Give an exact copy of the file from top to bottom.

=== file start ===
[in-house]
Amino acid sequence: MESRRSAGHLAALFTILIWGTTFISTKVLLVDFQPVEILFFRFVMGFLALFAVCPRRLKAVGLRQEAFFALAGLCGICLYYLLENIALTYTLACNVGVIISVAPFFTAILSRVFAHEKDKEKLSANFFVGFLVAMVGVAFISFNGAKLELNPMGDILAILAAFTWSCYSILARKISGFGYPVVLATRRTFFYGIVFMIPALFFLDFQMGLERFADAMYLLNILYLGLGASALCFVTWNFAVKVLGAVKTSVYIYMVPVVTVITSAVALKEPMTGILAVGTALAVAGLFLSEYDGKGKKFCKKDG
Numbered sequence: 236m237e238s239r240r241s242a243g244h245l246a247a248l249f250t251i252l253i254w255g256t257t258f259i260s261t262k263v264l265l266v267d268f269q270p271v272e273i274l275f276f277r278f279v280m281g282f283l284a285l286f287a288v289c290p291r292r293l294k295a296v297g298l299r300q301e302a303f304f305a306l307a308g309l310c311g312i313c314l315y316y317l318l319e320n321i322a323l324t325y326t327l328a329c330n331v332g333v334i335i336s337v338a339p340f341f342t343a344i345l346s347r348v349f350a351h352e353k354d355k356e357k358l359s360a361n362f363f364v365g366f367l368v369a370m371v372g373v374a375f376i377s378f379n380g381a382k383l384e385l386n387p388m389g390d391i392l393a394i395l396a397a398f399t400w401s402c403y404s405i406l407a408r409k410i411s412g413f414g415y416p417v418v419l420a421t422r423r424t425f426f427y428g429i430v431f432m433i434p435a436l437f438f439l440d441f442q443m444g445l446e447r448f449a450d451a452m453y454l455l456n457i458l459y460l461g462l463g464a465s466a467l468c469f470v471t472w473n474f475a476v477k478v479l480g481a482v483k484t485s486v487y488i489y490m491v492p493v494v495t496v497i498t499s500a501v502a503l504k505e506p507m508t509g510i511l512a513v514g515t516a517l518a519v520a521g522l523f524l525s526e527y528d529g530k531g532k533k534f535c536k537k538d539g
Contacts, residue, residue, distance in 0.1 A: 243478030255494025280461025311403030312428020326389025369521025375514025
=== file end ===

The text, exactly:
[in-house]
Amino acid sequence: MESRRSAGHLAALFTILIWGTTFISTKVLLVDFQPVEILFFRFVMGFLALFAVCPRRLKAVGLRQEAFFALAGLCGICLYYLLENIALTYTLACNVGVIISVAPFFTAILSRVFAHEKDKEKLSANFFVGFLVAMVGVAFISFNGAKLELNPMGDILAILAAFTWSCYSILARKISGFGYPVVLATRRTFFYGIVFMIPALFFLDFQMGLERFADAMYLLNILYLGLGASALCFVTWNFAVKVLGAVKTSVYIYMVPVVTVITSAVALKEPMTGILAVGTALAVAGLFLSEYDGKGKKFCKKDG
Numbered sequence: 236m237e238s239r240r241s242a243g244h245l246a247a248l249f250t251i252l253i254w255g256t257t258f259i260s261t262k263v264l265l266v267d268f269q270p271v272e273i274l275f276f277r278f279v280m281g282f283l284a285l286f287a288v289c290p291r292r293l294k295a296v297g298l299r300q301e302a303f304f305a306l307a308g309l310c311g312i313c314l315y316y317l318l319e320n321i322a323l324t325y326t327l328a329c330n331v332g333v334i335i336s337v338a339p340f341f342t343a344i345l346s347r348v349f350a351h352e353k354d355k356e357k358l359s360a361n362f363f364v365g366f367l368v369a370m371v372g373v374a375f376i377s378f379n380g381a382k383l384e385l386n387p388m389g390d391i392l393a394i395l396a397a398f399t400w401s402c403y404s405i406l407a408r409k410i411s412g413f414g415y416p417v418v419l420a421t422r423r424t425f426f427y428g429i430v431f432m433i434p435a436l437f438f439l440d441f442q443m444g445l446e447r448f449a450d451a452m453y454l455l456n457i458l459y460l461g462l463g464a465s466a467l468c469f470v471t472w473n474f475a476v477k478v479l480g481a482v483k484t485s486v487y488i489y490m491v492p493v494v495t496v497i498t499s500a501v502a503l504k505e506p507m508t509g510i511l512a513v514g515t516a517l518a519v520a521g522l523f524l525s526e527y528d529g530k531g532k533k534f535c536k537k538d539g
Contacts, residue, residue, distance in 0.1 A: 243478030255494025280461025311403030312428020326389025369521025375514025